What if McCain (not Hillary) turned to race?

At the risk of jeopardizing my status as a political conservative, I must confess this peccadillo: I maintain an abiding admiration for The New York Times.

Now, I know that according to the gospel of talk radio, conservatives are supposed to hate The Times. But I find the Gray Lady covers national and world news with authority and reverence. Her prose not only informs me, it quite often elevates me. In short, it’s the finest newspaper in the world.

That’s my professional opinion. As always, take it or leave it.

However, when it comes to commenting on the news of the day, The New York Times often leaves me scratching my head. Are the opinion writers at The Times intellectually honest enough to rain righteous indignation on the heads of ideological foe … and friend? Or, do they pull punches?

Based on The Times’ tepid rebuke so far of Sen. Hillary Clinton’s disgusting politics of racism, I gotta wonder.

After losing the North Carolina primary, which pretty much reduced Clinton’s hope of the Democratic nomination to a Hail-Mary plea to superdelegates, Hillary and her surrogates began to articulate — and still do so today — an openly racial argument.

They admit she will lose the popular vote and lose the delegate count to Sen. Barack Obama. Nevertheless, they argue, Hillary is best suited to lead Democrats this fall because she appeals to white voters in the “swing states” that historically make the difference between winning and losing the White House.

Hillary’s exact quote, as reported in USA Today:

“Sen. Obama’s support among working, hard-working Americans, white Americans is weakening again.”

Forget about the fact that this sounds as if she’s suggesting white folks are hard-working and black people are not. That may just be awkward phrasing on Clinton’s part. What cannot be overlooked, however, is the clear and ongoing racial appeal articulated by Hillary herself.

Instead of blistering Hillary for engaging in such a tactic, all The Times has managed to do so far is to issue a ho-hum editorial warning that it would be a “terrible mistake” for her to press her candidacy by continuing to use tactics with “disturbing racial undertones.”


If The New York Times editorial writers were reading their own newspaper, they’d know that we’re way beyond undertones here. This is out-and-out pandering for votes by skin color. Somehow a finger wag and an admonition to be careful in the future seem strangely inadequate.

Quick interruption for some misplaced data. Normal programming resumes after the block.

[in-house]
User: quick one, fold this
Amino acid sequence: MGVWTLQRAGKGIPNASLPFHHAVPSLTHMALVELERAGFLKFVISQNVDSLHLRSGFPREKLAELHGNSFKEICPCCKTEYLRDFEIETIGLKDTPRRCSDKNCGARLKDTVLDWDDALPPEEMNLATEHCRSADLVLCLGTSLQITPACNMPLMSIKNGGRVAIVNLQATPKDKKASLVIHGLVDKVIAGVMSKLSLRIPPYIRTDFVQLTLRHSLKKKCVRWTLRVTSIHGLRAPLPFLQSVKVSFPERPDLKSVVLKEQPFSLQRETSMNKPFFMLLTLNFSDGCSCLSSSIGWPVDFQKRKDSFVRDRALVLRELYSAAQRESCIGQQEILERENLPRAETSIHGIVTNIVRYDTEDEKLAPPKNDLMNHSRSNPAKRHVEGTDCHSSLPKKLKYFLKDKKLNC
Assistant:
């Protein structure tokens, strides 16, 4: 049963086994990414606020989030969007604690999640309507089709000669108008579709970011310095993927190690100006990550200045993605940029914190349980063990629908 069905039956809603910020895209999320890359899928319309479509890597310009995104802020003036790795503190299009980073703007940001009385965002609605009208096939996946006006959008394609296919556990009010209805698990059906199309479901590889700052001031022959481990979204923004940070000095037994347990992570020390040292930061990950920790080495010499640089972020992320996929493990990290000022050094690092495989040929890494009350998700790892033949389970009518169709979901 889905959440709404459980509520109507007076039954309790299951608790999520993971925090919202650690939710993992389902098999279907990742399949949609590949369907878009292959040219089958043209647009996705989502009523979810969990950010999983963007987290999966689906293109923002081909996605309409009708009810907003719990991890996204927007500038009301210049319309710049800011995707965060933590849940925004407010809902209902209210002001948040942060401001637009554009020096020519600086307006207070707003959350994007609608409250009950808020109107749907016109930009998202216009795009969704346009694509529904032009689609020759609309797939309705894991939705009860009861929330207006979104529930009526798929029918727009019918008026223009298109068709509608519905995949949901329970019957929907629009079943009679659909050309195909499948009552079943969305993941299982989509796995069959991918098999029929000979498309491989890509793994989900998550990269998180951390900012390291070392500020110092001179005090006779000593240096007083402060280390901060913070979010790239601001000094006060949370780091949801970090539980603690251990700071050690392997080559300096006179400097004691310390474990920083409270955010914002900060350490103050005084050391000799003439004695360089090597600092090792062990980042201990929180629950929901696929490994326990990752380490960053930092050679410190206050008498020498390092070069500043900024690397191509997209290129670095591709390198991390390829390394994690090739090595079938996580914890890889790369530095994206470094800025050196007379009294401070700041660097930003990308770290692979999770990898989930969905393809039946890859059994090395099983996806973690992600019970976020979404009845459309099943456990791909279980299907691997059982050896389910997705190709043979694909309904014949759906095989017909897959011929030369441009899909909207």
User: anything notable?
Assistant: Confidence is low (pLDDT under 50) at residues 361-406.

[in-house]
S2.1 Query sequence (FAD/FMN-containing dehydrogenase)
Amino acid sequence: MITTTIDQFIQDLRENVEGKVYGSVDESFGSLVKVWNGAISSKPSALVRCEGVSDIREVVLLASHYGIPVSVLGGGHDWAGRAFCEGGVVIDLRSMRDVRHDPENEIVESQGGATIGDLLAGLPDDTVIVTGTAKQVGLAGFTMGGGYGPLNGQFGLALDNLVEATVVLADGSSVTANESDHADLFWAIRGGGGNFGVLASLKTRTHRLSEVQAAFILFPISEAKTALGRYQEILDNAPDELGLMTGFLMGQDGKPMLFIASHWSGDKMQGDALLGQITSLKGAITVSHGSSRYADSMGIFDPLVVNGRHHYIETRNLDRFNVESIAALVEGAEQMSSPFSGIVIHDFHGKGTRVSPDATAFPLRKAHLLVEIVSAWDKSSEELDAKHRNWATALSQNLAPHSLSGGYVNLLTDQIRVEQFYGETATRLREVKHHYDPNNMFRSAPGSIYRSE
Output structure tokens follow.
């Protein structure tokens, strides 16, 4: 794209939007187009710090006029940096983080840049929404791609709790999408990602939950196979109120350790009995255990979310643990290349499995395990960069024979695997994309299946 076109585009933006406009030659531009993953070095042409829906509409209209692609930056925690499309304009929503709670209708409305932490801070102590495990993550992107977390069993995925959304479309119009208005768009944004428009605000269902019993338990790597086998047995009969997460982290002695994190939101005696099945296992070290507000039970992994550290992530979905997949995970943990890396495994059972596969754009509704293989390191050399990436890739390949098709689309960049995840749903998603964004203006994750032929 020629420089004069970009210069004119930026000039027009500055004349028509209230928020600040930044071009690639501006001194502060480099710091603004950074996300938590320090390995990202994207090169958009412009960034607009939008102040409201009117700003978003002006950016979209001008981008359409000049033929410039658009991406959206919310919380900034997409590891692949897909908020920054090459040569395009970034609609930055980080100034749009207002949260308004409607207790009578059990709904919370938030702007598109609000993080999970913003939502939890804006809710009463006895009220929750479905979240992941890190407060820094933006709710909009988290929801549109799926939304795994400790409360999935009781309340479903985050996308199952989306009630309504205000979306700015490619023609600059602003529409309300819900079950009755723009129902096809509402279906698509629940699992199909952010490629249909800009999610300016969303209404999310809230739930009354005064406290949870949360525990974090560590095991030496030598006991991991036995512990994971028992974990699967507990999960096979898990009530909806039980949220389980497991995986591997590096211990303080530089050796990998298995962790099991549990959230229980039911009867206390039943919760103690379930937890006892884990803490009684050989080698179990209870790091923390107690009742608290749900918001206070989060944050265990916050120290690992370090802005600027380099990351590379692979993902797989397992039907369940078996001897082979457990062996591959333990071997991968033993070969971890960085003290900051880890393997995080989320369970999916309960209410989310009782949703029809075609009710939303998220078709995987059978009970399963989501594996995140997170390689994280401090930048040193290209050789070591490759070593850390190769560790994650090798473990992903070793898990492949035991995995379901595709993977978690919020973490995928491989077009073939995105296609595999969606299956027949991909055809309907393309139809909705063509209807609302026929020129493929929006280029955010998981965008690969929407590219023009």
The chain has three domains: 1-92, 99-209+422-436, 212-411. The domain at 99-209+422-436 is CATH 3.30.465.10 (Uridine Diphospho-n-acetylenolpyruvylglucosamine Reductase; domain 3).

It looks to me as if somebody in authority over at the opinion pages at The Times has let his biases get the best of him. Look, I understand that Hillary was endorsed by The Times editorial board. Nobody likes to see his chosen candidate devolve before his eyes. But what the Clinton campaign is doing is clearly dangerous behavior on the national political stage. And it’s not the first time that the Clintons have stooped to race for political advantage in this campaign. The New York Times and righteous Democrats should have roasted Hillary for it.

Instead, Sen. Clinton has been rewarded. She won West Virginia Democratic voters going away, as The Times reported, with “a strong racial component (that suggests) Mr. Obama would face pockets of significant resistance if he does become the first black nominee of the party.”

No kidding. And where’s The New York Times editorial board in the aftermath of West Virginia?

Well, not a word’s been written. The Times has offered readers opinions on Lebanon, tax rebates for illegal immigrants and the retirement of tennis star Justine Henin. But on the topic of Hillary’s ongoing politics of race — nada.

Maybe this weekend the venerable Gray Lady will come out with big guns firing against overt racism in the Democratic primaries. I hope so.

In the meanwhile, I can’t help but wonder whether The Times might have immediately, and forcefully, roared in righteous indignation had this been Sen. John McCain singling out “white” Americans to vote for him over “the black” candidate.

Do you think?

Sherman Frederick (sfrederick@ reviewjournal.com) is president of Stephens Media and publisher of the Review-Journal.

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